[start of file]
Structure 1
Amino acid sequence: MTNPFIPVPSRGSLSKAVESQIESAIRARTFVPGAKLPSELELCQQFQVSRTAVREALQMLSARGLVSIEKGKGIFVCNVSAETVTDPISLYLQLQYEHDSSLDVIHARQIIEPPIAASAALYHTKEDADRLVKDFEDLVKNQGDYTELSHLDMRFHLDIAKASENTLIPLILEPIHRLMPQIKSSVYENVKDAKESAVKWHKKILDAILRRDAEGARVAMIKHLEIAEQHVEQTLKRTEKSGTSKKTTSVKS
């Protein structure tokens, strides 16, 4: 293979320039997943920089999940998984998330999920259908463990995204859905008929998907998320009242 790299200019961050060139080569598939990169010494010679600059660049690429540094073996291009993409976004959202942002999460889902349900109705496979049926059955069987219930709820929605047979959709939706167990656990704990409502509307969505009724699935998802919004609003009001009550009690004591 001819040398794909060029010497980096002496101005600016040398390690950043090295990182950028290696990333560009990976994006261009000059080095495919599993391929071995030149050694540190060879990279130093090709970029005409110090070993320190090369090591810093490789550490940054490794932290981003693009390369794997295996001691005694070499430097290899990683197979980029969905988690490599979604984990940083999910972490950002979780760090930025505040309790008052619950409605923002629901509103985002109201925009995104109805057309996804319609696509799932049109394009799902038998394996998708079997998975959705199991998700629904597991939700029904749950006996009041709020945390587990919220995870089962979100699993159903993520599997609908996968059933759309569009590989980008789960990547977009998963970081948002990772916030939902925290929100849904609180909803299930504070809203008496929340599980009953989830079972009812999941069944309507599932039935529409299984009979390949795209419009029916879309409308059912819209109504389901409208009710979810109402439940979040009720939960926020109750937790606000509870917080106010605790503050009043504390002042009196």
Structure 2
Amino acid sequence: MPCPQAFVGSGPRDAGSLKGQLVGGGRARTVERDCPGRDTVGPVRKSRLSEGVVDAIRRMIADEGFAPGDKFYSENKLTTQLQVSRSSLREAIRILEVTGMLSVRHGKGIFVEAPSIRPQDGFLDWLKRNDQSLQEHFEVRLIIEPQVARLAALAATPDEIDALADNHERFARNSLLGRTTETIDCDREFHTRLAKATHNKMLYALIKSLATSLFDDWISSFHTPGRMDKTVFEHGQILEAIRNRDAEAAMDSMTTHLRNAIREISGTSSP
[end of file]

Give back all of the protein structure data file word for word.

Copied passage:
Structure 1
Amino acid sequence: MTNPFIPVPSRGSLSKAVESQIESAIRARTFVPGAKLPSELELCQQFQVSRTAVREALQMLSARGLVSIEKGKGIFVCNVSAETVTDPISLYLQLQYEHDSSLDVIHARQIIEPPIAASAALYHTKEDADRLVKDFEDLVKNQGDYTELSHLDMRFHLDIAKASENTLIPLILEPIHRLMPQIKSSVYENVKDAKESAVKWHKKILDAILRRDAEGARVAMIKHLEIAEQHVEQTLKRTEKSGTSKKTTSVKS
């Protein structure tokens, strides 16, 4: 293979320039997943920089999940998984998330999920259908463990995204859905008929998907998320009242 790299200019961050060139080569598939990169010494010679600059660049690429540094073996291009993409976004959202942002999460889902349900109705496979049926059955069987219930709820929605047979959709939706167990656990704990409502509307969505009724699935998802919004609003009001009550009690004591 001819040398794909060029010497980096002496101005600016040398390690950043090295990182950028290696990333560009990976994006261009000059080095495919599993391929071995030149050694540190060879990279130093090709970029005409110090070993320190090369090591810093490789550490940054490794932290981003693009390369794997295996001691005694070499430097290899990683197979980029969905988690490599979604984990940083999910972490950002979780760090930025505040309790008052619950409605923002629901509103985002109201925009995104109805057309996804319609696509799932049109394009799902038998394996998708079997998975959705199991998700629904597991939700029904749950006996009041709020945390587990919220995870089962979100699993159903993520599997609908996968059933759309569009590989980008789960990547977009998963970081948002990772916030939902925290929100849904609180909803299930504070809203008496929340599980009953989830079972009812999941069944309507599932039935529409299984009979390949795209419009029916879309409308059912819209109504389901409208009710979810109402439940979040009720939960926020109750937790606000509870917080106010605790503050009043504390002042009196």
Structure 2
Amino acid sequence: MPCPQAFVGSGPRDAGSLKGQLVGGGRARTVERDCPGRDTVGPVRKSRLSEGVVDAIRRMIADEGFAPGDKFYSENKLTTQLQVSRSSLREAIRILEVTGMLSVRHGKGIFVEAPSIRPQDGFLDWLKRNDQSLQEHFEVRLIIEPQVARLAALAATPDEIDALADNHERFARNSLLGRTTETIDCDREFHTRLAKATHNKMLYALIKSLATSLFDDWISSFHTPGRMDKTVFEHGQILEAIRNRDAEAAMDSMTTHLRNAIREISGTSSP